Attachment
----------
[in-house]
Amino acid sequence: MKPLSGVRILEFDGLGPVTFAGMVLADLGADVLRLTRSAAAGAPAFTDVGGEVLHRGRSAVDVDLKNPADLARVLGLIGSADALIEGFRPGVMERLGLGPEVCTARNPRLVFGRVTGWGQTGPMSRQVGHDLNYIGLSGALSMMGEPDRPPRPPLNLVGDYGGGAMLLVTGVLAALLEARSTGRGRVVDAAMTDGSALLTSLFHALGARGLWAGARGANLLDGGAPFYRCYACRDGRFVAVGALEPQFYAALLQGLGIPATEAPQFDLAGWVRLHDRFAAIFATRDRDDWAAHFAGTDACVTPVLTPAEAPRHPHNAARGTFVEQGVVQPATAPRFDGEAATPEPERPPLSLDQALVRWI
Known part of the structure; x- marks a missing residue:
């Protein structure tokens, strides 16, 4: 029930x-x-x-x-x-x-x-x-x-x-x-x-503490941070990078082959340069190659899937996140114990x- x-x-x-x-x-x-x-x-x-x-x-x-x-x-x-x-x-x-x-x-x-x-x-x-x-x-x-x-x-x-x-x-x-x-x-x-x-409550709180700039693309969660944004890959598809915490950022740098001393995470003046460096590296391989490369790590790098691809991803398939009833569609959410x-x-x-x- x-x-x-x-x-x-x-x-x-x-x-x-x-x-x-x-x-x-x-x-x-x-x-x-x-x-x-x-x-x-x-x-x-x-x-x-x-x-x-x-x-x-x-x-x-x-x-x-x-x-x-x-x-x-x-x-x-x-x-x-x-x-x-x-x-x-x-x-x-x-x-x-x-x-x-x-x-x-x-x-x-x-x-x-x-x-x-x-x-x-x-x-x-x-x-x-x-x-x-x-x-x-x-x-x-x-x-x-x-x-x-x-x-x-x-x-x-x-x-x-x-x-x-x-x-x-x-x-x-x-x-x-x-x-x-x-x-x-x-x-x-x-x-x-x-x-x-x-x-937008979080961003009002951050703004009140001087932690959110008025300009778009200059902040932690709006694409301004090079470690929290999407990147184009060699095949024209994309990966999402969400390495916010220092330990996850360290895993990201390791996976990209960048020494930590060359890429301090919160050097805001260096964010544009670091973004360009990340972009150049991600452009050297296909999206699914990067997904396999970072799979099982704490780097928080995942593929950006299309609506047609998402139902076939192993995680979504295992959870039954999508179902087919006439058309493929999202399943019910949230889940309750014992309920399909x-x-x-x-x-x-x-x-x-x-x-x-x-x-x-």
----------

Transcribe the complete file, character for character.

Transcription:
[in-house]
Amino acid sequence: MKPLSGVRILEFDGLGPVTFAGMVLADLGADVLRLTRSAAAGAPAFTDVGGEVLHRGRSAVDVDLKNPADLARVLGLIGSADALIEGFRPGVMERLGLGPEVCTARNPRLVFGRVTGWGQTGPMSRQVGHDLNYIGLSGALSMMGEPDRPPRPPLNLVGDYGGGAMLLVTGVLAALLEARSTGRGRVVDAAMTDGSALLTSLFHALGARGLWAGARGANLLDGGAPFYRCYACRDGRFVAVGALEPQFYAALLQGLGIPATEAPQFDLAGWVRLHDRFAAIFATRDRDDWAAHFAGTDACVTPVLTPAEAPRHPHNAARGTFVEQGVVQPATAPRFDGEAATPEPERPPLSLDQALVRWI
Known part of the structure; x- marks a missing residue:
């Protein structure tokens, strides 16, 4: 029930x-x-x-x-x-x-x-x-x-x-x-x-503490941070990078082959340069190659899937996140114990x- x-x-x-x-x-x-x-x-x-x-x-x-x-x-x-x-x-x-x-x-x-x-x-x-x-x-x-x-x-x-x-x-x-x-x-x-x-409550709180700039693309969660944004890959598809915490950022740098001393995470003046460096590296391989490369790590790098691809991803398939009833569609959410x-x-x-x- x-x-x-x-x-x-x-x-x-x-x-x-x-x-x-x-x-x-x-x-x-x-x-x-x-x-x-x-x-x-x-x-x-x-x-x-x-x-x-x-x-x-x-x-x-x-x-x-x-x-x-x-x-x-x-x-x-x-x-x-x-x-x-x-x-x-x-x-x-x-x-x-x-x-x-x-x-x-x-x-x-x-x-x-x-x-x-x-x-x-x-x-x-x-x-x-x-x-x-x-x-x-x-x-x-x-x-x-x-x-x-x-x-x-x-x-x-x-x-x-x-x-x-x-x-x-x-x-x-x-x-x-x-x-x-x-x-x-x-x-x-x-x-x-x-x-x-x-x-937008979080961003009002951050703004009140001087932690959110008025300009778009200059902040932690709006694409301004090079470690929290999407990147184009060699095949024209994309990966999402969400390495916010220092330990996850360290895993990201390791996976990209960048020494930590060359890429301090919160050097805001260096964010544009670091973004360009990340972009150049991600452009050297296909999206699914990067997904396999970072799979099982704490780097928080995942593929950006299309609506047609998402139902076939192993995680979504295992959870039954999508179902087919006439058309493929999202399943019910949230889940309750014992309920399909x-x-x-x-x-x-x-x-x-x-x-x-x-x-x-």